Editor’s Letter | Western Legend

It’s been more than three decades since painter Robert Lougheed was in the prime of his career back in the 1970s. To say that the art world in the western U.S. has seen some changes since then would be a laughable understatement. Today the western art world is home to countless artists, galleries, shows, museums, schools, and organizations, and this infrastructure supports the same stylistic diversity found in art markets across the country. In Santa Fe and Scottsdale and Denver and Los Angeles, you’ll find artists creating everything from traditional realism to avant-garde installations, and everything in between.

But in the 1970s, when Lougheed—who’s the subject of a new book and an article on page 62—was hitting his stride as a western painter, the West was a vastly different place. The mythology of the West as a wild land of horses and cowboys was still very much alive; the Cowboy Artists of America and the National Cowboy Hall of Fame (as it was known then) were both relatively new; and galleries featuring “western” art in its most literal sense were opening on a regular basis. Lougheed, unquestionably, was a leader of this new movement. In the 13 years from 1969 to 1981, he won more than 20 awards at the annual exhibitions of the Cowboy Artists of America and the National Academy of Western Art (now known as the Prix de West). This recognition, and his unfailing dedication to his art above all else, earned him the distinction “the painters’ painter.” Fittingly, the artists’ choice award for the best body of work at the Prix de West Invitational is known to this day as the Robert Lougheed Memorial Award.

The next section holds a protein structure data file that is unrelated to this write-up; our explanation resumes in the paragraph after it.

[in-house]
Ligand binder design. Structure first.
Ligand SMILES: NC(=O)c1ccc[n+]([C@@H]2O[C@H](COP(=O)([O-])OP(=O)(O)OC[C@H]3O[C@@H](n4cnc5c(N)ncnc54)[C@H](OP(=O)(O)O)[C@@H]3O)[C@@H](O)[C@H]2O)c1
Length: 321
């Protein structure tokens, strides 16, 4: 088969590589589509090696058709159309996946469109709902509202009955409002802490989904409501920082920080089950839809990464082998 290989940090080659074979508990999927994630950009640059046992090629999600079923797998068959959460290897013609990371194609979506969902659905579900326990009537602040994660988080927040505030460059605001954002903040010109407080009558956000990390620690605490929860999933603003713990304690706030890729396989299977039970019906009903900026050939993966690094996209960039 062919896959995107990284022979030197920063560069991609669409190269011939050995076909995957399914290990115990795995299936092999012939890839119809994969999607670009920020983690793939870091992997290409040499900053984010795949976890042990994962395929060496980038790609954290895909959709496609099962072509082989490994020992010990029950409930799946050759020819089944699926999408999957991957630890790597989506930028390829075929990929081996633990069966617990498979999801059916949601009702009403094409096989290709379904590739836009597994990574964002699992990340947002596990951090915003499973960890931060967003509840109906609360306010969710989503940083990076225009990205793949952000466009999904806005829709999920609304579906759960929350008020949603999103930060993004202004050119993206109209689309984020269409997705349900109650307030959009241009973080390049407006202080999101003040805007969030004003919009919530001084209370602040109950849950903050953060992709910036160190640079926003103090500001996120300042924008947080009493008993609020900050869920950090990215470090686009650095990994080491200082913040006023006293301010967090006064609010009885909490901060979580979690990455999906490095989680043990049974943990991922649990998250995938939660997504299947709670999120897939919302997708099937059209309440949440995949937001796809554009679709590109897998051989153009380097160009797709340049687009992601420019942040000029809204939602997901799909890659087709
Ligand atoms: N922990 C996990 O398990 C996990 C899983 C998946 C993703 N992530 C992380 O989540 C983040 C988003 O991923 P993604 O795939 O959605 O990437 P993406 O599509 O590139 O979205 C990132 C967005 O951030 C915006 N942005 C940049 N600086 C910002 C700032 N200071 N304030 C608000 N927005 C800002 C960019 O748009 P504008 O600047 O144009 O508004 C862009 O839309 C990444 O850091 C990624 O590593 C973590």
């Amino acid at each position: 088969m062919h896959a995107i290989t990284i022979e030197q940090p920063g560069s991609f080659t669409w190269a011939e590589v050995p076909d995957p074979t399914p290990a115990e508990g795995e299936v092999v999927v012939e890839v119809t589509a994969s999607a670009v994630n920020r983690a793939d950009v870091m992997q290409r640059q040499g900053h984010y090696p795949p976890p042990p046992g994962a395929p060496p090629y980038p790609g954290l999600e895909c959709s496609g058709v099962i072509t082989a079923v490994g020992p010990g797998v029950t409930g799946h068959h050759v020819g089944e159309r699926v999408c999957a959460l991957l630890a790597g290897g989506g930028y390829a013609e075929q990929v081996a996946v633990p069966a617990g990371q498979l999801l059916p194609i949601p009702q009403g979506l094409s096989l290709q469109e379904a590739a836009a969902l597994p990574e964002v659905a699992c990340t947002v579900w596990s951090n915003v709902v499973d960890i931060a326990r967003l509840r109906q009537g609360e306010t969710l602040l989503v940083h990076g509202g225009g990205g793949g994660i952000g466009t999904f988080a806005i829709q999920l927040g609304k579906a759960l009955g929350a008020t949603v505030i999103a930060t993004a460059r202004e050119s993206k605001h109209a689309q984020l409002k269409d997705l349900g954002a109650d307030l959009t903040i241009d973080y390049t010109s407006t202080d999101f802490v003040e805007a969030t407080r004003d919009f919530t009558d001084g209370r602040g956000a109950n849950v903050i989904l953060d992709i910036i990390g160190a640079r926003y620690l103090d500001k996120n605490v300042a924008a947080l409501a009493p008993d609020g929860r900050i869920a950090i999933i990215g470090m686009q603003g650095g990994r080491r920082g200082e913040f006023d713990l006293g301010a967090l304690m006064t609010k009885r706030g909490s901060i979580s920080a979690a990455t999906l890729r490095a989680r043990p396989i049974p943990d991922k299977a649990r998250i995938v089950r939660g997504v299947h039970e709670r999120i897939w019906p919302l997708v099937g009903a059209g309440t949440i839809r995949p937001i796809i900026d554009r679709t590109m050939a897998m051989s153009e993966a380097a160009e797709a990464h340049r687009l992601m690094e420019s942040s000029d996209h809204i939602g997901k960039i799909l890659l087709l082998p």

In addition to all of these public accolades, Lougheed deserves significant credit for his role as a mentor to several of today’s top artists, including John Moyers, Terri Kelly Moyers, and Wayne Wolfe. Lougheed came to know the younger painters through monthlong visits to the Okanagan Wild Game Farm in British Columbia in the late 1970s, where groups of plein-air painters spent their days painting and their evenings exchanging ideas and constructive criticism. Following in Lougheed’s footsteps, the next generation has gone on to achieve its own successes: Wayne Wolfe won the Prix de West in 1982. Terri Kelly Moyers won the Buyers’ Choice Award in 1996 and the Frederic Remington Award in 1997 (both at the Prix de West show). John Moyers won his mentor’s namesake award in 2003 as well as numerous awards at the CAA show, including five Best of Show honors. Lougheed’s legacy for the artists of the West is a strong one indeed. -March 2010